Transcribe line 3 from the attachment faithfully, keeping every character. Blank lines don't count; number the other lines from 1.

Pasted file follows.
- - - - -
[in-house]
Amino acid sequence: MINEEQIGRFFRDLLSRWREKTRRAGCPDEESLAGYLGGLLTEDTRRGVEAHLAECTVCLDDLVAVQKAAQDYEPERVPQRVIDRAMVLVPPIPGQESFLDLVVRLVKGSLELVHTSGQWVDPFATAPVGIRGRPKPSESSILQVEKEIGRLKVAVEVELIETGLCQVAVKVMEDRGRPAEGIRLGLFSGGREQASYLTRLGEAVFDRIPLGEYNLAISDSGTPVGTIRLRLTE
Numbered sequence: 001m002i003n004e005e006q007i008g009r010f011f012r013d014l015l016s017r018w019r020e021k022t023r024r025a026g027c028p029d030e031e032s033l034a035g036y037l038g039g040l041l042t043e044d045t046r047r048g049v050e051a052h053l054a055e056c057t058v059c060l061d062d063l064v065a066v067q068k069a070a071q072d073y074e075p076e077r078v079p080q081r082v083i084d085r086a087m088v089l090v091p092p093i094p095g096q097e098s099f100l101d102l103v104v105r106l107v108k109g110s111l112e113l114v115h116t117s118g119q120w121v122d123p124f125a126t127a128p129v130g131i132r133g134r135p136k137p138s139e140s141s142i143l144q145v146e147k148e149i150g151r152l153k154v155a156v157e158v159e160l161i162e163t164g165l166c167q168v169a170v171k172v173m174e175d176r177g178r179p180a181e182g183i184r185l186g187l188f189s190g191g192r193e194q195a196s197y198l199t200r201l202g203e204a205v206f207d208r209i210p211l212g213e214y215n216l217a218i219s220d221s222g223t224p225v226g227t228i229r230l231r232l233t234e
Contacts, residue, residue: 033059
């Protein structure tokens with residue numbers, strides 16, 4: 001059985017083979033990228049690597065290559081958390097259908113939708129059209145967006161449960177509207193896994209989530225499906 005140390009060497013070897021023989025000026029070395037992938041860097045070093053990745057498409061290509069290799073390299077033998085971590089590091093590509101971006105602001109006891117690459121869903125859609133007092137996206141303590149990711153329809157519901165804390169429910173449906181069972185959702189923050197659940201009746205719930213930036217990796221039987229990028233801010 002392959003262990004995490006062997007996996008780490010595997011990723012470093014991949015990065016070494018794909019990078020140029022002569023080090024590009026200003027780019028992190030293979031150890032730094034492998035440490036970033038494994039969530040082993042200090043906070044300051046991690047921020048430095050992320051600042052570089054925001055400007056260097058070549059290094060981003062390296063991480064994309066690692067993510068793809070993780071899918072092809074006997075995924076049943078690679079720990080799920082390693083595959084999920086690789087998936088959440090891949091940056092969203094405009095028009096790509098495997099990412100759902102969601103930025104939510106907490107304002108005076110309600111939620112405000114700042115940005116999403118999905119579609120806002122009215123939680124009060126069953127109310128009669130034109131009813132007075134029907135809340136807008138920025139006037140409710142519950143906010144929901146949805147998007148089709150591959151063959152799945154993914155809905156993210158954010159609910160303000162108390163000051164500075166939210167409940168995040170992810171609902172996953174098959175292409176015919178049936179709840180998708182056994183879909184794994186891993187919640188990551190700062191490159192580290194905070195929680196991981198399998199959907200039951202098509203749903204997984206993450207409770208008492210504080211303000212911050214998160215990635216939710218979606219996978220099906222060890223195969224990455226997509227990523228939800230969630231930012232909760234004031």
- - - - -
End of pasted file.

Numbered sequence: 001m002i003n004e005e006q007i008g009r010f011f012r013d014l015l016s017r018w019r020e021k022t023r024r025a026g027c028p029d030e031e032s033l034a035g036y037l038g039g040l041l042t043e044d045t046r047r048g049v050e051a052h053l054a055e056c057t058v059c060l061d062d063l064v065a066v067q068k069a070a071q072d073y074e075p076e077r078v079p080q081r082v083i084d085r086a087m088v089l090v091p092p093i094p095g096q097e098s099f100l101d102l103v104v105r106l107v108k109g110s111l112e113l114v115h116t117s118g119q120w121v122d123p124f125a126t127a128p129v130g131i132r133g134r135p136k137p138s139e140s141s142i143l144q145v146e147k148e149i150g151r152l153k154v155a156v157e158v159e160l161i162e163t164g165l166c167q168v169a170v171k172v173m174e175d176r177g178r179p180a181e182g183i184r185l186g187l188f189s190g191g192r193e194q195a196s197y198l199t200r201l202g203e204a205v206f207d208r209i210p211l212g213e214y215n216l217a218i219s220d221s222g223t224p225v226g227t228i229r230l231r232l233t234e